Association of High-Density Lipoprotein Cholesterol and the Risk of Developing Parkinson Disease


In a recent study published in Neurology, the authors of the study investigated the longitudinal association among high-density lipoprotein cholesterol (HDL-C) level, HDL-C variability, and the risk of developing Parkinson disease (PD).

They conducted a nationwide, population-based cohort study. They included 382,391 patients aged ≥65 years who underwent at least 3 health examinations provided by the Korean National Health Insurance System from 2008 to 2013 and followed up until 2017. Individuals with a history of PD and missing values were excluded (n = 1,987). They assessed HDL-C variability using 3 indices, including variability independent of the mean (VIM). A multivariate-adjusted Cox proportional hazards regression analysis was performed.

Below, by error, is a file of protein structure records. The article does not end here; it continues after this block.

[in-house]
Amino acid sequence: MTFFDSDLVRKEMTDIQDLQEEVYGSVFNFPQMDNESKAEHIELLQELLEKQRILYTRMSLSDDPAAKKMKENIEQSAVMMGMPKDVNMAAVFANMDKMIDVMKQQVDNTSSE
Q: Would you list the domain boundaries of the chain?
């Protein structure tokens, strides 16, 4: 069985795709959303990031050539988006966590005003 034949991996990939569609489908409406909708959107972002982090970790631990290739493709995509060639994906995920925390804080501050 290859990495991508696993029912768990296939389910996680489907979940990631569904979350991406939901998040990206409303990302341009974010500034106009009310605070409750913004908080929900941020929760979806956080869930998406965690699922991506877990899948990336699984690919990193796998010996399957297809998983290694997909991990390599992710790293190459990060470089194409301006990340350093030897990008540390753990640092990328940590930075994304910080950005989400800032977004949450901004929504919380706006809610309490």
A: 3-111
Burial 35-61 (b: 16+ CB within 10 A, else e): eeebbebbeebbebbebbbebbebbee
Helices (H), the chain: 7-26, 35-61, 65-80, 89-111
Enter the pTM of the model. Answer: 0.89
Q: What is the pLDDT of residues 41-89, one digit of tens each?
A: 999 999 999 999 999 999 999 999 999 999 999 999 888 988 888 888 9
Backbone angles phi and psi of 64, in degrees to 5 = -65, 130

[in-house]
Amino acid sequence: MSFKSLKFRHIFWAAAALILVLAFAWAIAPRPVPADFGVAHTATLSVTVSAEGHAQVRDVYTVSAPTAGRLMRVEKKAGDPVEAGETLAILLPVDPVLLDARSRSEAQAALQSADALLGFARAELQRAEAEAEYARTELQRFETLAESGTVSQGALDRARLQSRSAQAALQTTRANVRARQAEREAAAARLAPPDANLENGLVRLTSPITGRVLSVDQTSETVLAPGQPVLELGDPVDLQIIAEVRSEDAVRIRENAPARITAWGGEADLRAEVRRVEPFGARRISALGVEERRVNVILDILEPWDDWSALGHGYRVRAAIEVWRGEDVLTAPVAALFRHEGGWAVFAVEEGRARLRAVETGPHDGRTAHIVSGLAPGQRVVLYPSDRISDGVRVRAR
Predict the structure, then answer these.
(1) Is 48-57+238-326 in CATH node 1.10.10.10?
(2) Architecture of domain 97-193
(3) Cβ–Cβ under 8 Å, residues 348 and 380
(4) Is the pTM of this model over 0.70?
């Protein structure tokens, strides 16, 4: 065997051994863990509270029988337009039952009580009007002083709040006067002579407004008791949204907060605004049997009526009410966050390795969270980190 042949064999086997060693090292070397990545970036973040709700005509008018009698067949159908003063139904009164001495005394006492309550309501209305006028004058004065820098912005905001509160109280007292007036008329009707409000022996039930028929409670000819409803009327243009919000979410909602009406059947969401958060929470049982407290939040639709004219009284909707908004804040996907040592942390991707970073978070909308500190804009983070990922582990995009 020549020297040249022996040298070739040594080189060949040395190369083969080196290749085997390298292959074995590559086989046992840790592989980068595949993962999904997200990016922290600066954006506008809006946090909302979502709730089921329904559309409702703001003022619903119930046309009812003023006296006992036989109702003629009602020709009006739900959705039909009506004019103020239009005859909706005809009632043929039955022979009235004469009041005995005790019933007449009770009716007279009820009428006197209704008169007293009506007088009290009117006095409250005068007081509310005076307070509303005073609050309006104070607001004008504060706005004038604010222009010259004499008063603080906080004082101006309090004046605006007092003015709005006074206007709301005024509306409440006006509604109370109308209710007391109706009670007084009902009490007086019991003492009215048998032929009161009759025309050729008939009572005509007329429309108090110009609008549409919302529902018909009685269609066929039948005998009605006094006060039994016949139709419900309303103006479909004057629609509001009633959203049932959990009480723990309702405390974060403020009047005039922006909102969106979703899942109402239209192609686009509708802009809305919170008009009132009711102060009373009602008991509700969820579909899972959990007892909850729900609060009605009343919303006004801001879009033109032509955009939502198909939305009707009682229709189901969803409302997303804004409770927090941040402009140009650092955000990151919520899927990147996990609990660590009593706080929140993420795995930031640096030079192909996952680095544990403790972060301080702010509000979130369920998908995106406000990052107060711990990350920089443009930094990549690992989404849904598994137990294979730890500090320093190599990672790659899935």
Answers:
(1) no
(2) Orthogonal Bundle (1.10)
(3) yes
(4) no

Among the 380,404 participants, 2,733 individuals were newly diagnosed with PD during a median follow-up period of 5 years. The lowest quartile (Q1) group of baseline HDL-C and mean HDL-C was associated with increased PD incidence as compared with the highest quartile (Q4) group (adjusted hazard ratio [aHR], 1.20; 95% confidence interval [CI], 1.08-1.34; and aHR, 1.16; 95% CI, 1.04-1.30, respectively). The Q4 group of HDL-C variability (VIM) was associated with increased PD incidence compared to the Q1 group (aHR, 1.19; 95% CI, 1.06-1.33). The group with the Q1 of baseline HDL-C and with the Q4 of HDL-C variability had the highest risk of PD incidence (aHR, 1.6; 95% CI, 1.31-1.96).

Lower HDL-C level and greater HDL-C variability were associated with a higher incidence of PD.